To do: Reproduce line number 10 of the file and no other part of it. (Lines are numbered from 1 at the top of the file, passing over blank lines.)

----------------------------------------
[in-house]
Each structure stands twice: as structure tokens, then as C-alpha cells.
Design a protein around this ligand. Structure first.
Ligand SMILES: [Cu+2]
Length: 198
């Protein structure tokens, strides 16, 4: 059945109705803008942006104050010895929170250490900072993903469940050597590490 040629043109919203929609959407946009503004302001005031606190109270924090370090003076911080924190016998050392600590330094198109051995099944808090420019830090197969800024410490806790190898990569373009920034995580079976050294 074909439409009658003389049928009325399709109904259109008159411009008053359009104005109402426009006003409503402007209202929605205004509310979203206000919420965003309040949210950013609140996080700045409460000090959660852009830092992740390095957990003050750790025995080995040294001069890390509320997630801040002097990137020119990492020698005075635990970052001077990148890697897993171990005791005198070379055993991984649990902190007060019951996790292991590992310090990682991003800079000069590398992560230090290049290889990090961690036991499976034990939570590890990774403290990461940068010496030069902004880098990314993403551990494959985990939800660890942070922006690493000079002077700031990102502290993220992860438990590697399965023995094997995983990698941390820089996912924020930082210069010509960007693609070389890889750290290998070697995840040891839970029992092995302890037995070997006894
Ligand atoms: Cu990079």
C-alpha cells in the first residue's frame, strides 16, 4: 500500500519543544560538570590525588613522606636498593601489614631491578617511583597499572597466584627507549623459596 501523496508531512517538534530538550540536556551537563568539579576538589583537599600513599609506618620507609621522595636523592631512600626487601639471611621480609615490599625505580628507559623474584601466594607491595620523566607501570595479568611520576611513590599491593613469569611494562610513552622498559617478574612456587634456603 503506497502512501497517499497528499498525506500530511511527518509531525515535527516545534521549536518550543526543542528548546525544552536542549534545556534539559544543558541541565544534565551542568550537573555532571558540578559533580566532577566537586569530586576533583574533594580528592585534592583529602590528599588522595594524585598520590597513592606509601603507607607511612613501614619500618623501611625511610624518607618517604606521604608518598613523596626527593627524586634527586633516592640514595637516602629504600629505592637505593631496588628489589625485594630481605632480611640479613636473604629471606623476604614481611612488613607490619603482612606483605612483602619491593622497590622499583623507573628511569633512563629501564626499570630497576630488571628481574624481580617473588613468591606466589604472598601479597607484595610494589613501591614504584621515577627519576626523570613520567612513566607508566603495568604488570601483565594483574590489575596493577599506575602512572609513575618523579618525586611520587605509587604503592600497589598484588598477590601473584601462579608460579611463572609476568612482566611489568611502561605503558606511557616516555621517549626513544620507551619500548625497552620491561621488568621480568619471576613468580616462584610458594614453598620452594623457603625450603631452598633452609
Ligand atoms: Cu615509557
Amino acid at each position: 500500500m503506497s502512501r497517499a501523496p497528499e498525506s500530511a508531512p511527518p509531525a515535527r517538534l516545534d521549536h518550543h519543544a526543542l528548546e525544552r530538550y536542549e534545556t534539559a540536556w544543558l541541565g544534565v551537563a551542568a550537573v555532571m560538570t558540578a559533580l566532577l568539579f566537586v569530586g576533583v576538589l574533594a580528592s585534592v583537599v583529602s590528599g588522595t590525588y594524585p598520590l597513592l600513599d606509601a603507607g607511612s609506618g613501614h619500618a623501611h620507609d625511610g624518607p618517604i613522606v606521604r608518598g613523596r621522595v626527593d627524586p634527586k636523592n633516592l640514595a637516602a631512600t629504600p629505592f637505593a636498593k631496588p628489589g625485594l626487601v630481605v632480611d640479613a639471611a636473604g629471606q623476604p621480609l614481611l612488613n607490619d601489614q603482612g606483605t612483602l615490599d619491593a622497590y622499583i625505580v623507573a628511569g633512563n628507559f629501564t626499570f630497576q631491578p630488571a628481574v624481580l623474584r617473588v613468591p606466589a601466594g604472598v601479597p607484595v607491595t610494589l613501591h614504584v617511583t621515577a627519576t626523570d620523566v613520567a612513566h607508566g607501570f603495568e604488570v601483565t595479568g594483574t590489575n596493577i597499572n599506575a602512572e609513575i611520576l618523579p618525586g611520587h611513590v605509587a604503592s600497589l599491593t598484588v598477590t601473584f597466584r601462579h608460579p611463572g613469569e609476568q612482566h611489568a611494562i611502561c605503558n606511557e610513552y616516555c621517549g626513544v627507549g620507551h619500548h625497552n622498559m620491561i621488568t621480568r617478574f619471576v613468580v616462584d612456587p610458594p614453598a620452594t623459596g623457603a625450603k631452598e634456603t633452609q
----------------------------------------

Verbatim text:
Amino acid at each position: 500500500m503506497s502512501r497517499a501523496p497528499e498525506s500530511a508531512p511527518p509531525a515535527r517538534l516545534d521549536h518550543h519543544a526543542l528548546e525544552r530538550y536542549e534545556t534539559a540536556w544543558l541541565g544534565v551537563a551542568a550537573v555532571m560538570t558540578a559533580l566532577l568539579f566537586v569530586g576533583v576538589l574533594a580528592s585534592v583537599v583529602s590528599g588522595t590525588y594524585p598520590l597513592l600513599d606509601a603507607g607511612s609506618g613501614h619500618a623501611h620507609d625511610g624518607p618517604i613522606v606521604r608518598g613523596r621522595v626527593d627524586p634527586k636523592n633516592l640514595a637516602a631512600t629504600p629505592f637505593a636498593k631496588p628489589g625485594l626487601v630481605v632480611d640479613a639471611a636473604g629471606q623476604p621480609l614481611l612488613n607490619d601489614q603482612g606483605t612483602l615490599d619491593a622497590y622499583i625505580v623507573a628511569g633512563n628507559f629501564t626499570f630497576q631491578p630488571a628481574v624481580l623474584r617473588v613468591p606466589a601466594g604472598v601479597p607484595v607491595t610494589l613501591h614504584v617511583t621515577a627519576t626523570d620523566v613520567a612513566h607508566g607501570f603495568e604488570v601483565t595479568g594483574t590489575n596493577i597499572n599506575a602512572e609513575i611520576l618523579p618525586g611520587h611513590v605509587a604503592s600497589l599491593t598484588v598477590t601473584f597466584r601462579h608460579p611463572g613469569e609476568q612482566h611489568a611494562i611502561c605503558n606511557e610513552y616516555c621517549g626513544v627507549g620507551h619500548h625497552n622498559m620491561i621488568t621480568r617478574f619471576v613468580v616462584d612456587p610458594p614453598a620452594t623459596g623457603a625450603k631452598e634456603t633452609q